Review Nikon AF-P DX 10-20mm VR

The Nikon AF-P DX10-20mm F/4.5-5.6G VR is an affordable alternative to the almost twice as expensive Nikon AF-S DX 10-24MM F/3.5-4.5G ED. The new 10-20mm is also lighter and smaller. The NIKKOR 10-20mm F/4.5-5.6G VR is therefore an ideal budget lens and a nice wide angle as well.
​Click on the product for specifications, prices and test results.


A lot for a little: Nikon AF-P DX NIKKOR 10-20mm F4.5-5.6G VR

The AF-P DX NIKKOR 10-20mm F/4.5-5.6G VR is a lightweight and compact super-wide angle for Nikon DX cameras. It is an alternative to the more expensive and bigger Nikon AF-S DX 10-24MM F/3.5-4.5G ED. The 10-20mm has just as many glass elements as its bigger brother, although the 10-24mm makes use of some more exotic glass. The range of the 10-20mm is slightly smaller. Converted to full frame, it corresponds to a 15-30mm. The time that a 15mm objective was something very exotic is not that long ago. 10-20mm is still a nice range that has a good overlap with, for example, an 18-55mm lens. Another difference that in part explains the lower price and the lighter weight is the use of a plastic mount instead of a metal one. It is therefore not a lens for photographers who plan to change lenses a lot. But the 10-20mm does have VR, Nikon’s image stabilization. And that ensures, under poor lighting conditions, that you’ll probably get more sharp shots with the 10-20mm.


BUILD AND autofocus

10 22mm

You do not expect superior build quality from lenses in this price range, and of course, the Nikon 10-20mm does not offer it. The lens has a plastic mount, and it has no extra seals against moisture and dirt. But it is otherwise a nicely finished lens. The focus ring for manual focus is somewhat thin and not terribly sensitive, but it will probably not be used often on such an extreme wide-angle with so much depth of field. The much more important zoom ring is big and feels good. The lens becomes slightly longer during zooming, but there is not much difference between the extreme zoom positions. It always stays nicely compact. The autofocus is very fast and also very quiet. The shortest setting distance is 22 cm. Of course, the 10-20mm is not a macrolens, but you can get pretty close up for unique perspectives. The lens also has a screw thread for filters. That means you can use polarization filters or graded ND filters with this lens. For landscape photographers, that is a big plus.


A unique feature of this lens is that it has VR. With Nikon, that stands for Vibration Reduction. So, image stabilization. According to the old rule, you can still shoot by hand at 1 divided by the focal length; with this lens, you should then be able to get sharp pictures at 1/10 second. But on DX, this lens works in the extreme zoom position like a 15mm. So you should actually be able to work with at least 1/15 second, and for sure at 1/30. The brightness is not particularly high, and you will need that time in low light. Fortunately, the image stabilization offers some extra wiggle room. Those who take a bit of time for it, thanks to the VR, can still get sharp shots even at times up to a 1/4 second. As a result, you can keep the ISO value lower for higher image quality, for example. Or you can use it to stop down a little more. That also improves image quality. Image stabilization is therefore useful, even on a lens with such short focal lengths.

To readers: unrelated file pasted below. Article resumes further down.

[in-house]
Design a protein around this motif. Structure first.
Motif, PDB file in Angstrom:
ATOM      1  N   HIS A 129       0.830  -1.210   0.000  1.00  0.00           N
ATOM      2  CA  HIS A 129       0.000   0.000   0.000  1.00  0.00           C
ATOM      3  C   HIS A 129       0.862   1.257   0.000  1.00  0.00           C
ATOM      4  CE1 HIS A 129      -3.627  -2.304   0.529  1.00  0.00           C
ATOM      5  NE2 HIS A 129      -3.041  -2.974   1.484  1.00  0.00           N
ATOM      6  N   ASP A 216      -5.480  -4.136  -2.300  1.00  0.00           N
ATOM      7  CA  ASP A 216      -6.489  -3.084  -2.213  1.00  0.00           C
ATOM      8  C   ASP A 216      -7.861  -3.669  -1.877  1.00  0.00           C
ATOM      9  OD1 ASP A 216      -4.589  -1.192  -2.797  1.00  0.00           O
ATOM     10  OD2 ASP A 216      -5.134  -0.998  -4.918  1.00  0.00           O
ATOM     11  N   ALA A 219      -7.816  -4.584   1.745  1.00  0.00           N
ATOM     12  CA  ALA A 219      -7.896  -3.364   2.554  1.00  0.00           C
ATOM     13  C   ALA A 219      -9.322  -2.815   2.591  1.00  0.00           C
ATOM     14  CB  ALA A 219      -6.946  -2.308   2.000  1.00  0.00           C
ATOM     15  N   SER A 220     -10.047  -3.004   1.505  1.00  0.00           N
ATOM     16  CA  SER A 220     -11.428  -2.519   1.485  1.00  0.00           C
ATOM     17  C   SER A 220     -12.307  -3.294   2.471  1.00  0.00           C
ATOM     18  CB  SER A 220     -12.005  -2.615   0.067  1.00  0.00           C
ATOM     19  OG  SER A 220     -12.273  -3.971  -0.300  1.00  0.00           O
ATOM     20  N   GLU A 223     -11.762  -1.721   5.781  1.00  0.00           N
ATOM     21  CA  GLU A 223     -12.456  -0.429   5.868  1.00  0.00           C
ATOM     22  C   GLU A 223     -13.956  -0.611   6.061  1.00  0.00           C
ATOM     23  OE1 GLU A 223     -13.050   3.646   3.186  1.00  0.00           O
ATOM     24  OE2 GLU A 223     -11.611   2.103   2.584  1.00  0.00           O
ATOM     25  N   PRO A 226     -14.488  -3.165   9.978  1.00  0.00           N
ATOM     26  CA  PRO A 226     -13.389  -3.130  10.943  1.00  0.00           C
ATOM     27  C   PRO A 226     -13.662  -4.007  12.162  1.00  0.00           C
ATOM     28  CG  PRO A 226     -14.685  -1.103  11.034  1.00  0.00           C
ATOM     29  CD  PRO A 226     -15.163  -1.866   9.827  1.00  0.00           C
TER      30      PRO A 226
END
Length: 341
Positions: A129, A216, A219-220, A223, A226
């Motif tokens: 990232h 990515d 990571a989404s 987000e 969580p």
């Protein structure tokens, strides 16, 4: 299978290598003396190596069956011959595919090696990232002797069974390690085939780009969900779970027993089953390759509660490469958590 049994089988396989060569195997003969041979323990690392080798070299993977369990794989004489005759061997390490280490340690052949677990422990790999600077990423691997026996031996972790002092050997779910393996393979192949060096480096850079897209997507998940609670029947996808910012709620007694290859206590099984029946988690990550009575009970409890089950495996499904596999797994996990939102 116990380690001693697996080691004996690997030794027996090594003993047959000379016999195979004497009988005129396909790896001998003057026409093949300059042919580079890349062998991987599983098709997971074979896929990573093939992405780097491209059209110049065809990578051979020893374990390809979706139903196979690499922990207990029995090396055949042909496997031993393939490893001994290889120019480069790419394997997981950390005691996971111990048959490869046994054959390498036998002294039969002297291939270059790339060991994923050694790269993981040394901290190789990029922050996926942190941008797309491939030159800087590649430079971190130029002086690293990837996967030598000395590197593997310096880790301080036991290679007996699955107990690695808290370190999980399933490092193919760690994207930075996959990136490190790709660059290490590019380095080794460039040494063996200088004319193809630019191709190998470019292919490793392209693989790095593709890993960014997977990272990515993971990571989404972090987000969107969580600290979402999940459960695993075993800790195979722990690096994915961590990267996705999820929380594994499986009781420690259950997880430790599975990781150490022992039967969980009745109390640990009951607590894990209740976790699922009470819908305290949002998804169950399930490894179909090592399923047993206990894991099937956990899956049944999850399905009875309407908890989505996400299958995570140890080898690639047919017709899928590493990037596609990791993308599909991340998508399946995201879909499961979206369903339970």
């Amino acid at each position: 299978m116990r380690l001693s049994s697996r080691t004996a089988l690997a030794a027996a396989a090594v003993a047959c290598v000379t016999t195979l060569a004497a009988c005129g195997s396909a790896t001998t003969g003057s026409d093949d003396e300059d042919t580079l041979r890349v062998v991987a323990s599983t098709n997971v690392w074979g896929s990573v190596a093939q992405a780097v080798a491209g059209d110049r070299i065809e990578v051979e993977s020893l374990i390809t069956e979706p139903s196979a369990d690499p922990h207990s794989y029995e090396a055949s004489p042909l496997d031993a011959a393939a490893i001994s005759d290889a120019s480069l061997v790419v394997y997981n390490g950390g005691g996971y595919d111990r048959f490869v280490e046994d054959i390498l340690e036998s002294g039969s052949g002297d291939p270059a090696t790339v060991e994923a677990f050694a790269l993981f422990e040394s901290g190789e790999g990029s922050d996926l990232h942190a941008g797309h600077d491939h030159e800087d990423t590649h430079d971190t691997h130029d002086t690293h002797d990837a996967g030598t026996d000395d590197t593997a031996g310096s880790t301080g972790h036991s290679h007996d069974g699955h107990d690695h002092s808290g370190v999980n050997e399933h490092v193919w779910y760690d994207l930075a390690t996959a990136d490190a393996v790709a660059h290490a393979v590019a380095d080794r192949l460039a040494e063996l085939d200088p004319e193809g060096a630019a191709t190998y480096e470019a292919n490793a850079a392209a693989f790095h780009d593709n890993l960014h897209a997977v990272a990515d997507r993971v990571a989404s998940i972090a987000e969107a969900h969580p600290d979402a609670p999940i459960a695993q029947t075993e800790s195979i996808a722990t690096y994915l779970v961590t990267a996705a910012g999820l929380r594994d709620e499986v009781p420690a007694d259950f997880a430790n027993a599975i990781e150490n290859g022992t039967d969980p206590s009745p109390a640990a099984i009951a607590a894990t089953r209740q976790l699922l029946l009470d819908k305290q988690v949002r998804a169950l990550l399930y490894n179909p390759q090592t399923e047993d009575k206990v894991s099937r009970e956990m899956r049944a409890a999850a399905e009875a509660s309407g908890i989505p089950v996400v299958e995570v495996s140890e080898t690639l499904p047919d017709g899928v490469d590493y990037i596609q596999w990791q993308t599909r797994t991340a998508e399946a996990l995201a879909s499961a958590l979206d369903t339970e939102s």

In general, the NIKKOR 10-20mm VR performs quite well. Those who shoot in RAW and do not correct (But why would you do that?) can detect vignetting, chromatic aberration and distortion. The vignetting is of course the strongest at 10mm at full opening. But even at f/8, it is still visible without corrections. At the other zoom positions, it is less, but still present. The barrel-shaped distortion is also significant in the 10mm position. With zooming in, it decreases until at 20mm it becomes slight pincushion-shaped distortion.


In the corners, you can find chromatic aberration and in the extreme zoom positions, 10mm and 20mm, the sharpness in the corners at full opening clearly lags behind the center. The lens is thus not perfect. But you see that only if you shoot in RAW without any corrections. And that’s not a realistic scenario. We assume that most users are starting photographers who will generally work in jpeg. And the results look very different in jpeg. The corrections made by Nikon cameras internally are very effective, and do a good job handling the distortion, vignetting and chromatic aberrations. The pictures that you then take with the DX NIKKOR 10-20mm F/4.5-5.6G VR already look good at full aperture. Stop down one or two stops, and you reach the maximum quality that you can get from this lens. And if you work in RAW, you can of course correct as much as needed. And even then you get great pictures. With some digital help, this is thus a fine lens that is worth much more than its price.

ConclusiON REVIEW Nikon AF-P DX 10-20mm VR


  • Low price
  • Lightweight
  • Image stabilization
  • Reasonable optical performance
  • Compact


  • Plastic mount
  • No seals against moisture and dust
  • Thin focus ring

Nikon AF-P DX 10-20mm F4.5-5.6G VR is a great addition to Nikon’s lens package.

The low weight and compact dimensions of the Nikon AF-P DX 10-20mm F/4.5-5.6G VR ensure that this lens can always find a place in your bag, and the performance, especially if you stop down a stop, is just fine. For starters looking for an ultra-wide angle, this lens is a logical choice. But also for advanced photographers who want to fill their set with a wide angle for occasional use, this is a great option.


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